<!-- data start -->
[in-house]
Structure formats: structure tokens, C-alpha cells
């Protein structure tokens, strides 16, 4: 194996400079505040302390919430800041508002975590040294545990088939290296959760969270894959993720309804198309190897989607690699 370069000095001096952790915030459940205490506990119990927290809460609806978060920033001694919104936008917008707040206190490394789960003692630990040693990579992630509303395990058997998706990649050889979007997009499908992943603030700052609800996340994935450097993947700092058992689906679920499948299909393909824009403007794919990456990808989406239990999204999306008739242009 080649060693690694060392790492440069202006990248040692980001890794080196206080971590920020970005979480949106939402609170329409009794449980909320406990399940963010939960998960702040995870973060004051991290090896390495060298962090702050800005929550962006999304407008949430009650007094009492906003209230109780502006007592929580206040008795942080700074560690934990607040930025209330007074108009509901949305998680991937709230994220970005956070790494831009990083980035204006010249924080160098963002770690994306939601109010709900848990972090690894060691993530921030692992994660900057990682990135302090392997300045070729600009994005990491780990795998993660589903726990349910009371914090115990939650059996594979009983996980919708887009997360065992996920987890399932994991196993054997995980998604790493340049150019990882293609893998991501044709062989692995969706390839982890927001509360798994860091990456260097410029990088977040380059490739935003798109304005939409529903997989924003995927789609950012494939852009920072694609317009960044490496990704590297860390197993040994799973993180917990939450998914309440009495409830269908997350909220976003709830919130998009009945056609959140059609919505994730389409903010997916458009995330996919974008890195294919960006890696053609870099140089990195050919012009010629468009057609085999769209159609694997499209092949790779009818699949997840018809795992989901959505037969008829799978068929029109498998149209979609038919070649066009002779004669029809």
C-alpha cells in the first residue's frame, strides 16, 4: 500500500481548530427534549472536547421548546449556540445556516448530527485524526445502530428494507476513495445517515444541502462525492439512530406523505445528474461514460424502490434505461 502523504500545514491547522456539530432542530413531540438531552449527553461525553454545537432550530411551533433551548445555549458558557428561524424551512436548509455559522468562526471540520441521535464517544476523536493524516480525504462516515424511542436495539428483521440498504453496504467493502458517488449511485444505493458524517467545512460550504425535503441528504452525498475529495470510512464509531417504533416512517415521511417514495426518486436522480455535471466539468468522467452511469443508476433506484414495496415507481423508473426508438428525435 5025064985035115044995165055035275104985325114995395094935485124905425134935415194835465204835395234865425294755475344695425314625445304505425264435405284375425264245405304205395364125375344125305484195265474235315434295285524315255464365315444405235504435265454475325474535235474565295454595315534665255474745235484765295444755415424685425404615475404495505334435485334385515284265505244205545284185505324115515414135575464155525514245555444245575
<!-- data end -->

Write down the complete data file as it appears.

[in-house]
Structure formats: structure tokens, C-alpha cells
């Protein structure tokens, strides 16, 4: 194996400079505040302390919430800041508002975590040294545990088939290296959760969270894959993720309804198309190897989607690699 370069000095001096952790915030459940205490506990119990927290809460609806978060920033001694919104936008917008707040206190490394789960003692630990040693990579992630509303395990058997998706990649050889979007997009499908992943603030700052609800996340994935450097993947700092058992689906679920499948299909393909824009403007794919990456990808989406239990999204999306008739242009 080649060693690694060392790492440069202006990248040692980001890794080196206080971590920020970005979480949106939402609170329409009794449980909320406990399940963010939960998960702040995870973060004051991290090896390495060298962090702050800005929550962006999304407008949430009650007094009492906003209230109780502006007592929580206040008795942080700074560690934990607040930025209330007074108009509901949305998680991937709230994220970005956070790494831009990083980035204006010249924080160098963002770690994306939601109010709900848990972090690894060691993530921030692992994660900057990682990135302090392997300045070729600009994005990491780990795998993660589903726990349910009371914090115990939650059996594979009983996980919708887009997360065992996920987890399932994991196993054997995980998604790493340049150019990882293609893998991501044709062989692995969706390839982890927001509360798994860091990456260097410029990088977040380059490739935003798109304005939409529903997989924003995927789609950012494939852009920072694609317009960044490496990704590297860390197993040994799973993180917990939450998914309440009495409830269908997350909220976003709830919130998009009945056609959140059609919505994730389409903010997916458009995330996919974008890195294919960006890696053609870099140089990195050919012009010629468009057609085999769209159609694997499209092949790779009818699949997840018809795992989901959505037969008829799978068929029109498998149209979609038919070649066009002779004669029809």
C-alpha cells in the first residue's frame, strides 16, 4: 500500500481548530427534549472536547421548546449556540445556516448530527485524526445502530428494507476513495445517515444541502462525492439512530406523505445528474461514460424502490434505461 502523504500545514491547522456539530432542530413531540438531552449527553461525553454545537432550530411551533433551548445555549458558557428561524424551512436548509455559522468562526471540520441521535464517544476523536493524516480525504462516515424511542436495539428483521440498504453496504467493502458517488449511485444505493458524517467545512460550504425535503441528504452525498475529495470510512464509531417504533416512517415521511417514495426518486436522480455535471466539468468522467452511469443508476433506484414495496415507481423508473426508438428525435 5025064985035115044995165055035275104985325114995395094935485124905425134935415194835465204835395234865425294755475344695425314625445304505425264435405284375425264245405304205395364125375344125305484195265474235315434295285524315255464365315444405235504435265454475325474535235474565295454595315534665255474745235484765295444755415424685425404615475404495505334435485334385515284265505244205545284185505324115515414135575464155525514245555444245575